Studies show that sensory table play can be calming, and provide an opportunity for children to work on their fine motor skills, creativity, and social skills- if they are playing at the sensory table with another child. In addition to these, sensory tables can also help develop literacy skills as children retell a story and bring it to life using items at the table! They are great for both home and classroom learning environments!
Story: The Sandcastle That Lola Built
Written by Megan Maynor, illustrated by Kate Berube
Who would have thought that building a sandcastle at the beach would also invite the opportunity to practice kindness, thoughtfulness, and problem-solving skills? In this story it does!
Lola quickly becomes a fantastic role model for our little readers – as she creatively invites kids who accidentally bump into her sandcastle masterpiece to become new friends that share in the wonder and joy of a day at the beach. This sweet story reminds us of the value of teamwork and the importance of creative play outdoors. After reading, your little ones will be anxious to start building their very own “tall, tall tower”!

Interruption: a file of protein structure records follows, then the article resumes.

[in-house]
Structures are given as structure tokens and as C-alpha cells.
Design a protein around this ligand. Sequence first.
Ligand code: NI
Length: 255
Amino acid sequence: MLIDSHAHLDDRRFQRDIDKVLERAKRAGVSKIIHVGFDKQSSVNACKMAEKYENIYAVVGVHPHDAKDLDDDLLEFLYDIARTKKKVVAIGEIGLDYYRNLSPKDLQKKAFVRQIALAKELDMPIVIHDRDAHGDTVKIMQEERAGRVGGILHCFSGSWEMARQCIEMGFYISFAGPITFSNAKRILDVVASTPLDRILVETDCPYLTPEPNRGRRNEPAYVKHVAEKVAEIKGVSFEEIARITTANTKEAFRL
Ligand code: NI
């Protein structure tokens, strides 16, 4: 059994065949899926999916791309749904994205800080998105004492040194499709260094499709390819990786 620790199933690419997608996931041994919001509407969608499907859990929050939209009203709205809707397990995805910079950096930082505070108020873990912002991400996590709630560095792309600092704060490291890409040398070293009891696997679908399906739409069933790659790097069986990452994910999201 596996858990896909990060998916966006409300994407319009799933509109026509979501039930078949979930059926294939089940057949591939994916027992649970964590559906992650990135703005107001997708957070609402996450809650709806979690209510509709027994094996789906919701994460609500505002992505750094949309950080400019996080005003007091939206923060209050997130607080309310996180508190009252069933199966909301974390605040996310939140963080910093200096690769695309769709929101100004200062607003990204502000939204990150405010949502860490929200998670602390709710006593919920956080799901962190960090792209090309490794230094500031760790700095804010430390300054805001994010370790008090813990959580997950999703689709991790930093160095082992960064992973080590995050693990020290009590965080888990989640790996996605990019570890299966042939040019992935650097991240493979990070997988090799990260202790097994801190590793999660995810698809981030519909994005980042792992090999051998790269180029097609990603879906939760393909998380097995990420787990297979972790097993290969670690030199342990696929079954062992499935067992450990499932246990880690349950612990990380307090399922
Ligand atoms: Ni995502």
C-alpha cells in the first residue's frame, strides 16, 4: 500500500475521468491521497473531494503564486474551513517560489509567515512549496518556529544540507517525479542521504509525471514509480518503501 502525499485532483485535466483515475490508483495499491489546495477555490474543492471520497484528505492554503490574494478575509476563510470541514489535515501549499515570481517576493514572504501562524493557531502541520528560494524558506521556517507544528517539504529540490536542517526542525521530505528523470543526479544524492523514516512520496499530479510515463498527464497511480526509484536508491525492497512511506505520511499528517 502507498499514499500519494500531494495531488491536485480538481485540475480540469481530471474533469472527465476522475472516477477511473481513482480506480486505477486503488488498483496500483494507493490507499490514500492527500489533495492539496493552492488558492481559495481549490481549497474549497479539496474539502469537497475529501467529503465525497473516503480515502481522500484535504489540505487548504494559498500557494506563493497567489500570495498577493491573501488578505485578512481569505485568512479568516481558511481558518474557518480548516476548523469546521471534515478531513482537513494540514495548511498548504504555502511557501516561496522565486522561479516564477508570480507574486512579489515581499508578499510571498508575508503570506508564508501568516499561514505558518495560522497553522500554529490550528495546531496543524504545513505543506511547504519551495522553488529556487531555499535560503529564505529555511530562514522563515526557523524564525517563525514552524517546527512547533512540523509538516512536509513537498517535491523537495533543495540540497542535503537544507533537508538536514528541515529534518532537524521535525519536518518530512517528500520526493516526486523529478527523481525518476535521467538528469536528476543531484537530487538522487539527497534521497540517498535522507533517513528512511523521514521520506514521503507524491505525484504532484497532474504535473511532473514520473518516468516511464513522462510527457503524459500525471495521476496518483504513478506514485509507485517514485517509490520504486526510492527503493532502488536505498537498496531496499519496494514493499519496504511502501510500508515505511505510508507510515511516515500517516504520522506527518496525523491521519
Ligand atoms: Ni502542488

This is a great way to give your child the opportunity for sand play at home without committing to a full sandbox.
Procedure: After reading The Sandcastle That Lola Built, add kinetic sand to your sensory table or to a medium sized storage bin. Model how to fill sandcastle molds and tip them over to make sand castle pieces and use terminology from the story. Children can make sandcastles using the castle molds, shovels, seashells, etc. and freely explore the sand and seashells. Invite them to use language from the story The Sandcastle That Lola Built as they build and describe their castles.
Variation: Add measuring cups and encourage children to make comparisons.
Vocabulary: Sand, sandcastle, tower, wall, moat, surrounds, protects, shells, sea glass, scoop, pat, full, empty, measuring, building